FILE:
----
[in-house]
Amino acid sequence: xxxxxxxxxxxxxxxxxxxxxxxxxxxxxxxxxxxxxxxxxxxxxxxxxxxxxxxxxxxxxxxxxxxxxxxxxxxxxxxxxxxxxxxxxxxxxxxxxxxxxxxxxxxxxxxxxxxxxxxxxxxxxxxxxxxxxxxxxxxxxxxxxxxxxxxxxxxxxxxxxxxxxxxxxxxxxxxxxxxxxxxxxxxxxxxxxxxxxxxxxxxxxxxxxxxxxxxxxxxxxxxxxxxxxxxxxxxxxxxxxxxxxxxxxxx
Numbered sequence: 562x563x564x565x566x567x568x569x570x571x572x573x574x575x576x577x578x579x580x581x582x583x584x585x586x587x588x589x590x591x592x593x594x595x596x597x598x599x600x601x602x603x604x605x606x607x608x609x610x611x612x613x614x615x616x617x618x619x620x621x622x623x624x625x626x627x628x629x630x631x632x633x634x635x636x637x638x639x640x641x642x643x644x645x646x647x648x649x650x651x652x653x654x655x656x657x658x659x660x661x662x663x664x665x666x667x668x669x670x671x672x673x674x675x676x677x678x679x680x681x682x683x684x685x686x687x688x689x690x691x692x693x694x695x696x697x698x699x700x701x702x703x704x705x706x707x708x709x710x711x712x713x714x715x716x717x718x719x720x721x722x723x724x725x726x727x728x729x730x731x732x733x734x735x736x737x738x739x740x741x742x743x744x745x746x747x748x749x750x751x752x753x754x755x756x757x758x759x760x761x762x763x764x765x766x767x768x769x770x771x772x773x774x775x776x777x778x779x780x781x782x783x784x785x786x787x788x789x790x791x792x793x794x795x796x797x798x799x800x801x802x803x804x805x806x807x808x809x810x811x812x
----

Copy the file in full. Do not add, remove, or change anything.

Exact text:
[in-house]
Amino acid sequence: xxxxxxxxxxxxxxxxxxxxxxxxxxxxxxxxxxxxxxxxxxxxxxxxxxxxxxxxxxxxxxxxxxxxxxxxxxxxxxxxxxxxxxxxxxxxxxxxxxxxxxxxxxxxxxxxxxxxxxxxxxxxxxxxxxxxxxxxxxxxxxxxxxxxxxxxxxxxxxxxxxxxxxxxxxxxxxxxxxxxxxxxxxxxxxxxxxxxxxxxxxxxxxxxxxxxxxxxxxxxxxxxxxxxxxxxxxxxxxxxxxxxxxxxxxx
Numbered sequence: 562x563x564x565x566x567x568x569x570x571x572x573x574x575x576x577x578x579x580x581x582x583x584x585x586x587x588x589x590x591x592x593x594x595x596x597x598x599x600x601x602x603x604x605x606x607x608x609x610x611x612x613x614x615x616x617x618x619x620x621x622x623x624x625x626x627x628x629x630x631x632x633x634x635x636x637x638x639x640x641x642x643x644x645x646x647x648x649x650x651x652x653x654x655x656x657x658x659x660x661x662x663x664x665x666x667x668x669x670x671x672x673x674x675x676x677x678x679x680x681x682x683x684x685x686x687x688x689x690x691x692x693x694x695x696x697x698x699x700x701x702x703x704x705x706x707x708x709x710x711x712x713x714x715x716x717x718x719x720x721x722x723x724x725x726x727x728x729x730x731x732x733x734x735x736x737x738x739x740x741x742x743x744x745x746x747x748x749x750x751x752x753x754x755x756x757x758x759x760x761x762x763x764x765x766x767x768x769x770x771x772x773x774x775x776x777x778x779x780x781x782x783x784x785x786x787x788x789x790x791x792x793x794x795x796x797x798x799x800x801x802x803x804x805x806x807x808x809x810x811x812x